Management justifies the assault on wages by citing Karstadt’s significantly lower “productivity” compared to its main competitors—especially the Kaufhof department stores. Karstadt’s “productivity” is allegedly 25 to 30 percent less than that of its competitors. According to the proposal, staff costs are to be cut by €64 million to €308 million per year, amounting to a reduction of 20 percent. In the future, personnel costs for all branches—with the exception of the company’s original store in Wismar, opened by Rudolph Karstadt in 1881—will not be permitted to exceed 14.5 percent of sales revenue.

The remaining employees will have to take on additional work. Going forward, one salesperson per floor will thus be considered sufficient for “basic staffing” throughout a store’s opening times, and fewer cash registers will be operated. Goods will, in future, be delivered directly to the department stores in line with the “just-in-time” retail model, which in turn will help to reduce storage costs.

Either the new product service team employees will continue to act as sales staff—renamed only for the sake of having their wages cut—or the new system has been deliberately designed to drive the entire company into bankruptcy. This would then clear the way for a break-up of the whole concern. In that case, Benko, a convicted criminal, would be able to concentrate on what really interests him: highly profitable inner-city real estate.

In 2012, Benko had already grabbed for himself the best of Karstadt, including the 28 Karstadt sports stores and three KaDeWe luxury department stores in Berlin, as well as the Alster building in Hamburg and the Oberpolling in Munich, which are also part of Karstadt property. In the meantime, Benko has profitably sold half of these two business divisions to Israeli diamond dealer Beny Steinmetz.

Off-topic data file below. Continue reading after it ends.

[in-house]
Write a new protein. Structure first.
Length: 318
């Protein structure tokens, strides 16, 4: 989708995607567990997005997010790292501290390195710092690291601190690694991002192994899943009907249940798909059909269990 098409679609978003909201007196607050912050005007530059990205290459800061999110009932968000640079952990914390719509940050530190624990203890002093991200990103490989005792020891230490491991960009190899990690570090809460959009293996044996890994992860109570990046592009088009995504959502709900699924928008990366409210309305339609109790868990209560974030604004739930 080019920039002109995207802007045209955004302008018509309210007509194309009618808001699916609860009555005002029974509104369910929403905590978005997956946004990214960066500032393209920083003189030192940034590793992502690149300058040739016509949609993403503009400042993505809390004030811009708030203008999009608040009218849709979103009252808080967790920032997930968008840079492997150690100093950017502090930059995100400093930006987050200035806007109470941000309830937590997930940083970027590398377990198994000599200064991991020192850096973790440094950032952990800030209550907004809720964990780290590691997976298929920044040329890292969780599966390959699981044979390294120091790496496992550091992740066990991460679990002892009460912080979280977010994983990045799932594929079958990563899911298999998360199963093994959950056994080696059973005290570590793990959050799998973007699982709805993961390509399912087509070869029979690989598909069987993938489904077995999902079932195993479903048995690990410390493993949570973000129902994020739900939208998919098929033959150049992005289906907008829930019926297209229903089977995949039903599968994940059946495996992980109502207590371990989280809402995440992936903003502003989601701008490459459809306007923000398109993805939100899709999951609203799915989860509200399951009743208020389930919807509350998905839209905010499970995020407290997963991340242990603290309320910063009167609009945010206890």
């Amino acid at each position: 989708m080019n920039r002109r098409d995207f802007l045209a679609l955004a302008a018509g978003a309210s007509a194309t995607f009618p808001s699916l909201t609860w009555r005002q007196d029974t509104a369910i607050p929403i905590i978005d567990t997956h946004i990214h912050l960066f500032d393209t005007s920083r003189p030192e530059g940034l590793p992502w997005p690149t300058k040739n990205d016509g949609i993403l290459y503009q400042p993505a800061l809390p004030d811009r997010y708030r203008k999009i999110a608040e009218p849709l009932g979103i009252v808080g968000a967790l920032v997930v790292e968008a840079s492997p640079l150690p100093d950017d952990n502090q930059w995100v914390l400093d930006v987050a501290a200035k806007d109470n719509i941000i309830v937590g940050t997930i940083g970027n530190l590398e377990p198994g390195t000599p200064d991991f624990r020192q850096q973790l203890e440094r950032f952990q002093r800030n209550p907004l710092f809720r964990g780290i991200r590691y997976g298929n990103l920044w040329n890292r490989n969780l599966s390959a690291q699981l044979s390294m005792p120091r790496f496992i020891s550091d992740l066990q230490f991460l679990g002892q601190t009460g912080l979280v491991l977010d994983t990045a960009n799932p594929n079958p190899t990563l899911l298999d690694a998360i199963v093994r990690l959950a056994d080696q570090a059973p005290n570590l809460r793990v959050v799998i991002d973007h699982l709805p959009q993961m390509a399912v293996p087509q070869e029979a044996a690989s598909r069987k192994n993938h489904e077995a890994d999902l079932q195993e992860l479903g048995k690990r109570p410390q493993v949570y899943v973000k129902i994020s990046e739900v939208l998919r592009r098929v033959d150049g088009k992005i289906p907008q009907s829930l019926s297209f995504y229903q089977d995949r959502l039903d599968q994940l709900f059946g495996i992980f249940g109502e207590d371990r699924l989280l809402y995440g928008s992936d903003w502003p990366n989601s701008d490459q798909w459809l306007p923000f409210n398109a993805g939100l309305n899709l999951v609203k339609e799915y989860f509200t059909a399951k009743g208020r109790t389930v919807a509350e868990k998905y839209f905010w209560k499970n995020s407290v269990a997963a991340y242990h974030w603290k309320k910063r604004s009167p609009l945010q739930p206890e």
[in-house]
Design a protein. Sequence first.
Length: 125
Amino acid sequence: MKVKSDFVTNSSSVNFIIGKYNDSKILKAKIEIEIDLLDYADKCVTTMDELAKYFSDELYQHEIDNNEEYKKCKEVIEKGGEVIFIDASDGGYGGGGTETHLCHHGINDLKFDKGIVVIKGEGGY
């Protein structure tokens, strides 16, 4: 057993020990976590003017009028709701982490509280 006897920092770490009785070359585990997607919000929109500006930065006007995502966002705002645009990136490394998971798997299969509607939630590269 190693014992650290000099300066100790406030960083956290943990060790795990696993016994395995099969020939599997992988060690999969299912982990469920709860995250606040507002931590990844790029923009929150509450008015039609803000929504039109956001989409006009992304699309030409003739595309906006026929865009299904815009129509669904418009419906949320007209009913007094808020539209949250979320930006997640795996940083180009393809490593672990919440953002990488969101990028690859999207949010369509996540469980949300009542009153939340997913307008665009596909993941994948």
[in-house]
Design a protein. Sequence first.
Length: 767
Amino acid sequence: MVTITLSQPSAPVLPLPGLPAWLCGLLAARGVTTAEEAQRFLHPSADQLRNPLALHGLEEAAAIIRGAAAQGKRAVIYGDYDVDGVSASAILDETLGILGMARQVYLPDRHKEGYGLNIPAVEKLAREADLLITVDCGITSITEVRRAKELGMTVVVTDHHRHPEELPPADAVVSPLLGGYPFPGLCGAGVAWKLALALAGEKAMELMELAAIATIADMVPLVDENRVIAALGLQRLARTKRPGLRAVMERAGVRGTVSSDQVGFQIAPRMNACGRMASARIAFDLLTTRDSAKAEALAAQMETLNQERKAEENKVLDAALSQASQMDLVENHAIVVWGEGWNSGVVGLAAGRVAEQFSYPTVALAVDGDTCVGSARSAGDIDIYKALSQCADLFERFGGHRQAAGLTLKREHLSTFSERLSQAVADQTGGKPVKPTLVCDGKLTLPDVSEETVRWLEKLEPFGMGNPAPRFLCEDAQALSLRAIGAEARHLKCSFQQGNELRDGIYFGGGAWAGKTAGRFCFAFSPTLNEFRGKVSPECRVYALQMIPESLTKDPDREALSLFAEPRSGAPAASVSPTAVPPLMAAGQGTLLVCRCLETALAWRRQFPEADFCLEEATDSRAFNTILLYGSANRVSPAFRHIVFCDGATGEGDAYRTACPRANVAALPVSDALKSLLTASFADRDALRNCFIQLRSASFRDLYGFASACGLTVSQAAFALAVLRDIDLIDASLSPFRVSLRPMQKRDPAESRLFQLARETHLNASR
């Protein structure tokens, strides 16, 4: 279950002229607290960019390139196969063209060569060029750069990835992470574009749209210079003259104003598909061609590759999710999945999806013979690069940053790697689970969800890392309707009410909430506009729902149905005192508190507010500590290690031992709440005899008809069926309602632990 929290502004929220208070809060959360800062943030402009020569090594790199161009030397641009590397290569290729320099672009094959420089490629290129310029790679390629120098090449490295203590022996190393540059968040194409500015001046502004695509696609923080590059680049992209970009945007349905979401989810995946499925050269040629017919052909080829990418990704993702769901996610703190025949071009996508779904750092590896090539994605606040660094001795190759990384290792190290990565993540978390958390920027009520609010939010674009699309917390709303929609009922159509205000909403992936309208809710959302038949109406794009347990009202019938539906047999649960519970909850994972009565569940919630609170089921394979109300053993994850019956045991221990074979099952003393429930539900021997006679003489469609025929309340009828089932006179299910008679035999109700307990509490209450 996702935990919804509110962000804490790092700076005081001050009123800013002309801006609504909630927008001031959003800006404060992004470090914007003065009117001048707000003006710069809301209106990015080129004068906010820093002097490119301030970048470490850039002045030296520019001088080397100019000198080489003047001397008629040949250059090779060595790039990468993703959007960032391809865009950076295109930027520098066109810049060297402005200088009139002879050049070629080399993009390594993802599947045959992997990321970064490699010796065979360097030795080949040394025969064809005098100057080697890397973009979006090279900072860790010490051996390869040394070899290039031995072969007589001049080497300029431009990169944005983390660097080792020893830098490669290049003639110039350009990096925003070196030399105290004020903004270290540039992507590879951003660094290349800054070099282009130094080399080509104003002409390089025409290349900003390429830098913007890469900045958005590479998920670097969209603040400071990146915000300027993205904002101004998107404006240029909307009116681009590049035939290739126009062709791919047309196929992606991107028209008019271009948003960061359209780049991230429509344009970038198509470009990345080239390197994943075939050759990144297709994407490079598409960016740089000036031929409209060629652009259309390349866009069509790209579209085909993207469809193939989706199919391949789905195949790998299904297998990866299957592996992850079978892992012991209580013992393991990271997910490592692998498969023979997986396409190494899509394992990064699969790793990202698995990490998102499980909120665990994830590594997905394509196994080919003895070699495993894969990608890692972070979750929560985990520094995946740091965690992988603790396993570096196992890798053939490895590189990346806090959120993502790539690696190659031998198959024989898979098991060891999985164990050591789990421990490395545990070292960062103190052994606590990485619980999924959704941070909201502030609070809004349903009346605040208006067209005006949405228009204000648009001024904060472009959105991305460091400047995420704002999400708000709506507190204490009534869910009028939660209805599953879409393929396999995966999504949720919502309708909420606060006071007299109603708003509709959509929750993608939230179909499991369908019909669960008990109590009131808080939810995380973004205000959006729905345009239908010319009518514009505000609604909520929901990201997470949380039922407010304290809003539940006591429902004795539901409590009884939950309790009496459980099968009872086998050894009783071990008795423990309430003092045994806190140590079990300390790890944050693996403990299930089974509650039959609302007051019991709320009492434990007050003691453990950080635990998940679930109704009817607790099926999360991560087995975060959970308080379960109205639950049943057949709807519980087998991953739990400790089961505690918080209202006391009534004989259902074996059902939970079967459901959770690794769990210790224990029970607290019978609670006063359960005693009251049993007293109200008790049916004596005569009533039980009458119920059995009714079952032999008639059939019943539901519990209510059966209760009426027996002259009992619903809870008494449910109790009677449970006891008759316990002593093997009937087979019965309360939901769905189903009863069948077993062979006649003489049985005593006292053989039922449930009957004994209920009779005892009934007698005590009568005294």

Benko can depend on assistance from Ver.di and the works council leadership, led by Hellmut Patzel, to implement his plans to cannibalise the company and squeeze concessions from the workforce. For more than 10 years, these functionaries have agreed to all the cuts and job dismantling plans put before them. Untold millions have been extorted from the workforce and a vast number of jobs destroyed. Investor Nicolas Berggruen, who picked clean the Karstadt group, was lauded by Ver.di as a social benefactor. His successor, Benko, was also welcomed by Ver.di with open arms.

The regional Westdeutsche Allgemeine Zeitung (WAZ) newspaper reports that the planned attacks are already underway. The paper claims to have learned “from people participating in the negotiations” that “talks involving management and employee representatives (have) already progressed quite far” behind the backs of the workforce. According to WAZ, “Among other things planned are semi-retirement deals, severance packages, a transfer company to retrain Karstadt employees, and programmes for compulsory retirement at age 63.”

The gradual dismantling of the long-standing company may be entering its final stage. Ver.di has unequivocally stated that it will continue to stand by Benko and future investors. Karstadt workers, in fighting to defend their jobs and wages, are thus confronted not only by management, but also the Ver.di service industry union.